Ethan murrow. pinto brothers, drawing 54x36 for sale
Ethan Murrow, 2006, large scale drawing from Pinto Brothers Series, for sale

This beautiful, large -scale drawing by Ethan Murrow is now for sale. 

I bought this piece in 2006, when Murrow had a show at Burlington City Arts. Ethan was raised in Vermont, and has many friends and admirers here. I hadn't know Ethan when he lived here, but I had been somewhat friendly with his father when we were kids because his father (Ethan's grandfather, Edward R. Murrow) was very good friends with my father, Lou Cowan. The small-world effect of the Cowan family has ceased to surprise me. 

But that's not why I bought this piece. I bought it because it's that good. THAT good. I bought it to sell, because at the time, I was running Pine Street Art Works. I had it framed by my favorite framer, Jennifer Koch of Frames For You And Mona Lisa Too, and it hung at PSAW for several years. Finally, when we closed, I had no place to hang the work, so I loaned it to the University Of Vermont, where it has been on view at the Davis Center, much to the delight of the thousands of students, faculty and visitors for the past 5 years. 

Now it is for sale. If you are interested, or know someone who might be...just click this link to my online store, Small Equals. 

The piece is avaiable framed, but I'm also willing to have Jennifer Koch take it out of the frame, for much much easier shipping and delivery. 

Ethan Murrow website.

Guardian cat-woman goddesses, art therapy and dream time


Liza Cowan, two cat woman by river with houses
Two cat woman guardians Drawing in cray pas. Liza Cowan 1990

 Way back in 1989/90 I studied Art Therapy with Dr. Erika Steinberg at The New School For Social Research in New York City. Dr. Steinberg had us all keep extensive journals of drawing exercises, dream and meditaion notes, and the process of drawing. It was an amazing class, with some extraordinary students, including a gifted and now- famous psychic/intuitive practitioner who subsequently became a best selling author, but during that year was just beginning her career, and, for those two semesters, was a good buddy of mine. Her insights amplified our work in many ways.  The class met twice a week for two semesters, and it was the environment in which I rediscovered how much I liked drawing and the process of making art.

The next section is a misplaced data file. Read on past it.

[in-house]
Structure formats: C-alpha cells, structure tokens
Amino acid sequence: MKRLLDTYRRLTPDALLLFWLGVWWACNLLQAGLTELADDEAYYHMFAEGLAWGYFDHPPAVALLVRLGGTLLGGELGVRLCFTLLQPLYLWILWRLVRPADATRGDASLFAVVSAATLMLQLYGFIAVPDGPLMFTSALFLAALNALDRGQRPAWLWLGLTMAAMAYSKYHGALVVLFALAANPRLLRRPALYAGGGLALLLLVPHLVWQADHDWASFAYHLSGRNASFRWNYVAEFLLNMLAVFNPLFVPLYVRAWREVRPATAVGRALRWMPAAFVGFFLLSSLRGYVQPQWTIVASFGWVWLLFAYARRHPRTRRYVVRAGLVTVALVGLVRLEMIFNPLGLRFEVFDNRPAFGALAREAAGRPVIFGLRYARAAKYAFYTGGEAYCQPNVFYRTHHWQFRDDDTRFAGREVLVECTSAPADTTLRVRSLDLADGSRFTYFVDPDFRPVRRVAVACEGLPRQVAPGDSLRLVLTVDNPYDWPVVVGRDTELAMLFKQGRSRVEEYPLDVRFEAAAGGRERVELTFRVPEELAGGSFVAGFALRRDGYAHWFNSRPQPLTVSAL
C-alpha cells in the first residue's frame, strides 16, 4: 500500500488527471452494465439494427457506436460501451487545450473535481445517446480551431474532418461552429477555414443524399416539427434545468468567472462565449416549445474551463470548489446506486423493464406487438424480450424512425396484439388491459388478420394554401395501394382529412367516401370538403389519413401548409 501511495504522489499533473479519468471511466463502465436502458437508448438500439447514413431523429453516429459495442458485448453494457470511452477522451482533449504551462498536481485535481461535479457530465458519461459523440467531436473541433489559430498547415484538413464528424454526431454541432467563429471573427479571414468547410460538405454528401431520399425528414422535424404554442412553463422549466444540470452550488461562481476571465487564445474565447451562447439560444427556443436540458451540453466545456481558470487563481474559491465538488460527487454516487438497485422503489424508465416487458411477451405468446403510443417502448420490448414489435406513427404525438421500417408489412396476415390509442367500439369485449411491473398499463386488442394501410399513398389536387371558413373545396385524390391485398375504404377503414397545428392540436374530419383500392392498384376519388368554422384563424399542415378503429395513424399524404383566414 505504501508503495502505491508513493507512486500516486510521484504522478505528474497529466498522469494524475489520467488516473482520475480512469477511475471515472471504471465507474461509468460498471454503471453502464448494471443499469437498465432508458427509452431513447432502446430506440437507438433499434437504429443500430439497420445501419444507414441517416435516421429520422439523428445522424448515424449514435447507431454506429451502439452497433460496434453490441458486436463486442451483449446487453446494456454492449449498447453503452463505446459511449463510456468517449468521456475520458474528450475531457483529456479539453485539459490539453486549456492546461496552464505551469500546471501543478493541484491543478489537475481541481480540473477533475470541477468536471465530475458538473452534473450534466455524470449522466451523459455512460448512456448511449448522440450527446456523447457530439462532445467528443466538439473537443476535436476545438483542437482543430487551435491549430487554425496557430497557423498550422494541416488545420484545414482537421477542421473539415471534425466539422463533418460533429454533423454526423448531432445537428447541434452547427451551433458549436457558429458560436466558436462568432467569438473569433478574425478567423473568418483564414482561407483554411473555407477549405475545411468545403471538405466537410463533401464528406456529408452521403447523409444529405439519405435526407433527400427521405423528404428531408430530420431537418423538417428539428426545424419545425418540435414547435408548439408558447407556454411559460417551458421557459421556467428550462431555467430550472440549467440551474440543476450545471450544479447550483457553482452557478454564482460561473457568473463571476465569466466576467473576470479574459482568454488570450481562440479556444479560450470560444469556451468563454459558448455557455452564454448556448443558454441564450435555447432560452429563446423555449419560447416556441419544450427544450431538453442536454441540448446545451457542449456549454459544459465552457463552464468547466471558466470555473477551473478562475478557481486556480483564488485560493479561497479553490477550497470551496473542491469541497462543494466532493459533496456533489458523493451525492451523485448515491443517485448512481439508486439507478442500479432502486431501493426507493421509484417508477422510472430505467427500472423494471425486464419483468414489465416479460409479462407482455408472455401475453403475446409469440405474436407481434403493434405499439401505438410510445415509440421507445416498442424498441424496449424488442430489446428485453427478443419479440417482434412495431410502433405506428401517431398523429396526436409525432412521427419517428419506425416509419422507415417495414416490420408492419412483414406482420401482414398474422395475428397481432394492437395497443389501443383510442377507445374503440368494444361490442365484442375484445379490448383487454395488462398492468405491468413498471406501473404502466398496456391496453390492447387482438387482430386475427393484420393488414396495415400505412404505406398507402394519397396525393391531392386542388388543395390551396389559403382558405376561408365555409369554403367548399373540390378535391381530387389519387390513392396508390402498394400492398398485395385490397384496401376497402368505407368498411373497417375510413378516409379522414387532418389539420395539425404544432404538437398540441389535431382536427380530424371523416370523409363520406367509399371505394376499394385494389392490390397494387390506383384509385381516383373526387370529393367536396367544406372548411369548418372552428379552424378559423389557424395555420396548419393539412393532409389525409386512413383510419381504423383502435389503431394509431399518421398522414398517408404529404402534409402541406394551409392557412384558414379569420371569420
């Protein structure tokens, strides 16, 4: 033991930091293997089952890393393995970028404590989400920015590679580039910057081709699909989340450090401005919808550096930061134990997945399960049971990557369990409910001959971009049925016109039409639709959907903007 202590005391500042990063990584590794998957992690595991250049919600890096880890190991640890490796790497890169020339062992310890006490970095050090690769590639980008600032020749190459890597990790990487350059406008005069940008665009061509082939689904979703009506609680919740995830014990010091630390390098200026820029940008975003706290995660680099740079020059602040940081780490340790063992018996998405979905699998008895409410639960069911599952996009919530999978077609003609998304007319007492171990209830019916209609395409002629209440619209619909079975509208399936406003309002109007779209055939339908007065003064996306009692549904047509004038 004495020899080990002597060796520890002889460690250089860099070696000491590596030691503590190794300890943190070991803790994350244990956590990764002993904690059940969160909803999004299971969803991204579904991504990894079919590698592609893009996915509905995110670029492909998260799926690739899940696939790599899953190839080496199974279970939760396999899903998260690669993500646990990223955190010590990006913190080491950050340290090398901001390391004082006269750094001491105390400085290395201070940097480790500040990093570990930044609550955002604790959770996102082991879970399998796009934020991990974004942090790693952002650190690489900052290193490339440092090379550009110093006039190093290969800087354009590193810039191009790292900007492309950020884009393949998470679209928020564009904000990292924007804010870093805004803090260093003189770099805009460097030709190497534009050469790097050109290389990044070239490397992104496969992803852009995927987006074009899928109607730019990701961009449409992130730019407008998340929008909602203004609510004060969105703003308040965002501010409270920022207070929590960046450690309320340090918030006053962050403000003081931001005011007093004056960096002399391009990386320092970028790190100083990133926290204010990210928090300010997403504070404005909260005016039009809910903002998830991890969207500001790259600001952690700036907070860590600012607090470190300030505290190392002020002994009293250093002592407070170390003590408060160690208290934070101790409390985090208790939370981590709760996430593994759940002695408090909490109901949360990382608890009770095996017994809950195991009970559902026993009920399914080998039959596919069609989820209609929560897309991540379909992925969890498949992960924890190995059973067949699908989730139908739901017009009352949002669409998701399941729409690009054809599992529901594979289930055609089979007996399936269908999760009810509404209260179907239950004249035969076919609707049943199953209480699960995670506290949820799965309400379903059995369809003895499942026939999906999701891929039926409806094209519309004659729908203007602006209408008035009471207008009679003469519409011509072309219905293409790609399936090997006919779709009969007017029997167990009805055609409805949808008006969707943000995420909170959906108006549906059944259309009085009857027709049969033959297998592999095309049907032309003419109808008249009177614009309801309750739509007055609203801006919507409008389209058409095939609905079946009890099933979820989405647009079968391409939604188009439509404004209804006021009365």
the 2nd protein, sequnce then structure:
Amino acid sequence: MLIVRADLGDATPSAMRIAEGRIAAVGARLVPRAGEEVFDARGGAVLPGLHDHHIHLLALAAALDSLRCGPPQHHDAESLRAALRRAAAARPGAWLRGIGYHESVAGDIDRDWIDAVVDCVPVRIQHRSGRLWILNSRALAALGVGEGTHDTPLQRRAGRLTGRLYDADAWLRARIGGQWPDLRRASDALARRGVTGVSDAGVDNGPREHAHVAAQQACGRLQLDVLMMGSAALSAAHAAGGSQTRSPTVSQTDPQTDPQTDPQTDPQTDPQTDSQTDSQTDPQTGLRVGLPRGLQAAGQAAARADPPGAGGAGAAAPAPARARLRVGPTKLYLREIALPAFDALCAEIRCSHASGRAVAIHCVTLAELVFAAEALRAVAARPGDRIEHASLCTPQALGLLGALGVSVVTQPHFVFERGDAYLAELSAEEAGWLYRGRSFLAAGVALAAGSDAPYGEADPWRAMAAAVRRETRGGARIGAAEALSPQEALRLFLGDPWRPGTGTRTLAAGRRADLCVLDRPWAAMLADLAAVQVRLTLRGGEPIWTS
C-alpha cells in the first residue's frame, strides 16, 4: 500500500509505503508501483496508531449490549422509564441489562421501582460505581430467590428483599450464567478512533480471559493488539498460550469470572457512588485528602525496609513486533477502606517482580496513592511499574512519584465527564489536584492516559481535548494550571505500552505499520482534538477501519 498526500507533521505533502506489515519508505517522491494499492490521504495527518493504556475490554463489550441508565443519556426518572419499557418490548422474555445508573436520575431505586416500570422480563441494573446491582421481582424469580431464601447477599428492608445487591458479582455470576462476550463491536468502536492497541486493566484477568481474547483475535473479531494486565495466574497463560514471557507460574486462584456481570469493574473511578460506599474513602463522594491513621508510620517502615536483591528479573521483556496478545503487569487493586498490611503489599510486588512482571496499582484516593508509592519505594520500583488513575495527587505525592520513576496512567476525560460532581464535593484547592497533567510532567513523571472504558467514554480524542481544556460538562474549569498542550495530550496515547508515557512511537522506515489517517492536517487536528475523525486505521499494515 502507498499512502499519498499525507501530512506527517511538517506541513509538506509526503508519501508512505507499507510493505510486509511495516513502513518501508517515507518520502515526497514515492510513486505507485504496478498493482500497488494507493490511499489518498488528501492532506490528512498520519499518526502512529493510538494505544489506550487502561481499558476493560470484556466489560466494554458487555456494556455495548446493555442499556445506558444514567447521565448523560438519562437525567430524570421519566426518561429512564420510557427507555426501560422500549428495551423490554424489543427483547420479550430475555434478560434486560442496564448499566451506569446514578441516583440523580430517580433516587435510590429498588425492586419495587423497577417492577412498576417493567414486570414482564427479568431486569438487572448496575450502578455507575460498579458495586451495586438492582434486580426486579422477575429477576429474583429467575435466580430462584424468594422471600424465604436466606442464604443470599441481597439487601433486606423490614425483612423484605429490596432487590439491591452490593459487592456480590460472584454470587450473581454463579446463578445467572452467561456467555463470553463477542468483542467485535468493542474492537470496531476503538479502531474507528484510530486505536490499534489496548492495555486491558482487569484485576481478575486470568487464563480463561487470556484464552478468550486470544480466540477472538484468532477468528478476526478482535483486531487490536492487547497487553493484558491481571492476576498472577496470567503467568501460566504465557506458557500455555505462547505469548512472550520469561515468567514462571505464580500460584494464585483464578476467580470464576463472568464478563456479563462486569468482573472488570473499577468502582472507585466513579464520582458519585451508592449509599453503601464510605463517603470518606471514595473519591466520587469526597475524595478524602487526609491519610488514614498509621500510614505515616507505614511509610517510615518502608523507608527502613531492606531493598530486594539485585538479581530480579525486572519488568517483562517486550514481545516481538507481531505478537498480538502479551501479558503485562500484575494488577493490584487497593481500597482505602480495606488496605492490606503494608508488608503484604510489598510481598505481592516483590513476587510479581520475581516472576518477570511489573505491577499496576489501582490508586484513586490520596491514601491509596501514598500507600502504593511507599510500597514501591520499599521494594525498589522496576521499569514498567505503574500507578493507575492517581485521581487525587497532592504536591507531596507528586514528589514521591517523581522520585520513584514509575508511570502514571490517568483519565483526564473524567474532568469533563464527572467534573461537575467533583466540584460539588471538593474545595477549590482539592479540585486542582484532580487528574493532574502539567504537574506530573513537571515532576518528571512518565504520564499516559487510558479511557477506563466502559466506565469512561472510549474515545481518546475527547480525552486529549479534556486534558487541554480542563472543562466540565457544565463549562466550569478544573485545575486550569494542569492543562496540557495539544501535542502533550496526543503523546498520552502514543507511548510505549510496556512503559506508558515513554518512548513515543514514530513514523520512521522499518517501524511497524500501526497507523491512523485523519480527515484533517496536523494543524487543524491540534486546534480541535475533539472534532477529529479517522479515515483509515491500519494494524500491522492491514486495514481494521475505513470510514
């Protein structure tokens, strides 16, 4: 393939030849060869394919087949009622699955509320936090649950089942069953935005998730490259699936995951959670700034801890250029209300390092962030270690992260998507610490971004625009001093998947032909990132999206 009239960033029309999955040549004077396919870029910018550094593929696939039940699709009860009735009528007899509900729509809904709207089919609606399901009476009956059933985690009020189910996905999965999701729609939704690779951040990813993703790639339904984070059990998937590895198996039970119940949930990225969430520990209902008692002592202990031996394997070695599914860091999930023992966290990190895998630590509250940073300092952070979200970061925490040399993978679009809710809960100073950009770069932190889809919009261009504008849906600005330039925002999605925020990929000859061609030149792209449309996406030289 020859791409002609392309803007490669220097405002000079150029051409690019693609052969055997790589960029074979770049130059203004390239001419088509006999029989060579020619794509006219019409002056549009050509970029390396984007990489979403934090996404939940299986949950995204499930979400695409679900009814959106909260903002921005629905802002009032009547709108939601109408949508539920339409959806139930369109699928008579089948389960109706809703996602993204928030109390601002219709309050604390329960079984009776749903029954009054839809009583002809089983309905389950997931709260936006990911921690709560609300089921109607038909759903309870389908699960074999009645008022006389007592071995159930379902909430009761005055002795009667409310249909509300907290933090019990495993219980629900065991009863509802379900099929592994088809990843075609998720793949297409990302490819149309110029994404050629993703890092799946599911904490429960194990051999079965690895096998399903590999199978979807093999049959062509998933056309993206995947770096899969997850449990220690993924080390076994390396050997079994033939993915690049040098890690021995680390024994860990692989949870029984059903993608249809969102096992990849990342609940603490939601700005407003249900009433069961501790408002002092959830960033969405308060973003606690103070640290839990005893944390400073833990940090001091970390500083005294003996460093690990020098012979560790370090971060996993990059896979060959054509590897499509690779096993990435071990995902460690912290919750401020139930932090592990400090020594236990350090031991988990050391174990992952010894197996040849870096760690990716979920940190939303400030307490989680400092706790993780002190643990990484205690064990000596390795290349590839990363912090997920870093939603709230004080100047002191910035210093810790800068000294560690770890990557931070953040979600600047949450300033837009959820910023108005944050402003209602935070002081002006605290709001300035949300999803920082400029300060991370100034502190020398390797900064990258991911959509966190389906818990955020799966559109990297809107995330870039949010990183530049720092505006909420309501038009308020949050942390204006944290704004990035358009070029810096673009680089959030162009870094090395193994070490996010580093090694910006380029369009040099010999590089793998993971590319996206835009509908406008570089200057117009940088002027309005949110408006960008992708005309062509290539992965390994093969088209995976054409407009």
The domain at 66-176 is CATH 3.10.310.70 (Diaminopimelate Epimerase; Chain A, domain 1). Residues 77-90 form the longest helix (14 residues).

I chose not to become an art therapist, but the techniques of dream work and art therapy clung. I was reminded of this last night as I was listening to a radio broadcast that, almost in passing, mentioned feline guardian beings and goddesses. Of course, cats were goddesses in ancient Egypt and around the world, but I don't think I was thinking about them as I began this small series. Not consciously at any rate. The images came from dreams and meditation.

In our art journals, Dr. Stienberg had us keep notes, short ones, on three things: Environment, Process and Product. That is, what we were feeling and the physical space we were in while we were drawing, how we made the drawing, and a description of the work itself.  


Guardian cat woman and boulders. ©Liza Cowan 1990
Cat woman guardian. Drawing in colored pencil. Liza Cowan 1990

 Product: Cat/woman #1. February 19th, 1990

She is facing the world, staring right into its eyes. I love drawing mouths as circles. Like she's talking and kind of surprised, too. The boulders are from a dream I had two weeks ago, just after we got our dream-box assignment. In the dream I saw huge dark boulders and received instructions that my job was to decipher the rocks. Like, that's one of my lifetime jobs. The water is fluid and reflective. Her feet are not quite in it, or maybe her toes are just touching that unconscious substance.